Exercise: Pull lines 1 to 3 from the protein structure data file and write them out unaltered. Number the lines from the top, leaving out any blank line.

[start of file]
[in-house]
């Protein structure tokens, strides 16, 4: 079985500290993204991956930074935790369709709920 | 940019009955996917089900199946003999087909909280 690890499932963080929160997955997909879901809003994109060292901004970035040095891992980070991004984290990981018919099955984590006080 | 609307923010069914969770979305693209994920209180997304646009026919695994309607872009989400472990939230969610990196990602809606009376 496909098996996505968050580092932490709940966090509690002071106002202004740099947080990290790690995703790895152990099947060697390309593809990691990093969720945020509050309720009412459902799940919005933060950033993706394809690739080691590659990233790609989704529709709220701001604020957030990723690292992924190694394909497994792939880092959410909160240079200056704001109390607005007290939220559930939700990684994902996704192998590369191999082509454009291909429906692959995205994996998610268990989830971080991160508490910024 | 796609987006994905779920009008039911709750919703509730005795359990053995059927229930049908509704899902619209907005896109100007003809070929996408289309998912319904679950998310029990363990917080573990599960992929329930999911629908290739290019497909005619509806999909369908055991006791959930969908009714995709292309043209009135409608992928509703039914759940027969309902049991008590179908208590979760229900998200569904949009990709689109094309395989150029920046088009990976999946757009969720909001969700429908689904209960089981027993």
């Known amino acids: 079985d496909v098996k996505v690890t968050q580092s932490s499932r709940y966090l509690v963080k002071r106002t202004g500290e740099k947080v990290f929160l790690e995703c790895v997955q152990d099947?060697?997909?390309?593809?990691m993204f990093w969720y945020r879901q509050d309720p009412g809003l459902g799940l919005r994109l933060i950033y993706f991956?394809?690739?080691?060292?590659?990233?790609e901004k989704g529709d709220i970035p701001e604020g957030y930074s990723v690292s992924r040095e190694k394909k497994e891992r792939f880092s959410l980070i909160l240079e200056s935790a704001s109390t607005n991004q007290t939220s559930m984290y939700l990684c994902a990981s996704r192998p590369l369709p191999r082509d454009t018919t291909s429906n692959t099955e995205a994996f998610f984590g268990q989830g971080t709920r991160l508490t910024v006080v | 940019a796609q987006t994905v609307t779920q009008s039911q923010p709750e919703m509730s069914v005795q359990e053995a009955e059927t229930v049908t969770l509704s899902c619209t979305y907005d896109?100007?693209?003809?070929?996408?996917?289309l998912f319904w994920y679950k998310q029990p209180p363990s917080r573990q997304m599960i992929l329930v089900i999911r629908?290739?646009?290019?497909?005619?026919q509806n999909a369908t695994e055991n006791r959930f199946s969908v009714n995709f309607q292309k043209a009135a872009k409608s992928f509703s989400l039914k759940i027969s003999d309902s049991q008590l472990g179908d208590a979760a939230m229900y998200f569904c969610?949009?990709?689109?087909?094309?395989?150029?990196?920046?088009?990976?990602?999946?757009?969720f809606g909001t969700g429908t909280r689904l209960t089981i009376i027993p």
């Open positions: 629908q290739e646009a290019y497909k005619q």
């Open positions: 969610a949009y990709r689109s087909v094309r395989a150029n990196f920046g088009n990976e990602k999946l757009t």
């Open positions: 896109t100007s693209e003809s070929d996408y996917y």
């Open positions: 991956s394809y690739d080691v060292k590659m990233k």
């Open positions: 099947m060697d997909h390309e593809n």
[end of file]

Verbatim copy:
[in-house]
């Protein structure tokens, strides 16, 4: 079985500290993204991956930074935790369709709920 | 940019009955996917089900199946003999087909909280 690890499932963080929160997955997909879901809003994109060292901004970035040095891992980070991004984290990981018919099955984590006080 | 609307923010069914969770979305693209994920209180997304646009026919695994309607872009989400472990939230969610990196990602809606009376 496909098996996505968050580092932490709940966090509690002071106002202004740099947080990290790690995703790895152990099947060697390309593809990691990093969720945020509050309720009412459902799940919005933060950033993706394809690739080691590659990233790609989704529709709220701001604020957030990723690292992924190694394909497994792939880092959410909160240079200056704001109390607005007290939220559930939700990684994902996704192998590369191999082509454009291909429906692959995205994996998610268990989830971080991160508490910024 | 796609987006994905779920009008039911709750919703509730005795359990053995059927229930049908509704899902619209907005896109100007003809070929996408289309998912319904679950998310029990363990917080573990599960992929329930999911629908290739290019497909005619509806999909369908055991006791959930969908009714995709292309043209009135409608992928509703039914759940027969309902049991008590179908208590979760229900998200569904949009990709689109094309395989150029920046088009990976999946757009969720909001969700429908689904209960089981027993």
């Known amino acids: 079985d496909v098996k996505v690890t968050q580092s932490s499932r709940y966090l509690v963080k002071r106002t202004g500290e740099k947080v990290f929160l790690e995703c790895v997955q152990d099947?060697?997909?390309?593809?990691m993204f990093w969720y945020r879901q509050d309720p009412g809003l459902g799940l919005r994109l933060i950033y993706f991956?394809?690739?080691?060292?590659?990233?790609e901004k989704g529709d709220i970035p701001e604020g957030y930074s990723v690292s992924r040095e190694k394909k497994e891992r792939f880092s959410l980070i909160l240079e200056s935790a704001s109390t607005n991004q007290t939220s559930m984290y939700l990684c994902a990981s996704r192998p590369l369709p191999r082509d454009t018919t291909s429906n692959t099955e995205a994996f998610f984590g268990q989830g971080t709920r991160l508490t910024v006080v | 940019a796609q987006t994905v609307t779920q009008s039911q923010p709750e919703m509730s069914v005795q359990e053995a009955e059927t229930v049908t969770l509704s899902c619209t979305y907005d896109?100007?693209?003809?070929?996408?996917?289309l998912f319904w994920y679950k998310q029990p209180p363990s917080r573990q997304m599960i992929l329930v089900i999911r629908?290739?646009?290019?497909?005619?026919q509806n999909a369908t695994e055991n006791r959930f199946s969908v009714n995709f309607q292309k043209a009135a872009k409608s992928f509703s989400l039914k759940i027969s003999d309902s049991q008590l472990g179908d208590a979760a939230m229900y998200f569904c969610?949009?990709?689109?087909?094309?395989?150029?990196?920046?088009?990976?990602?999946?757009?969720f809606g909001t969700g429908t909280r689904l209960t089981i009376i027993p």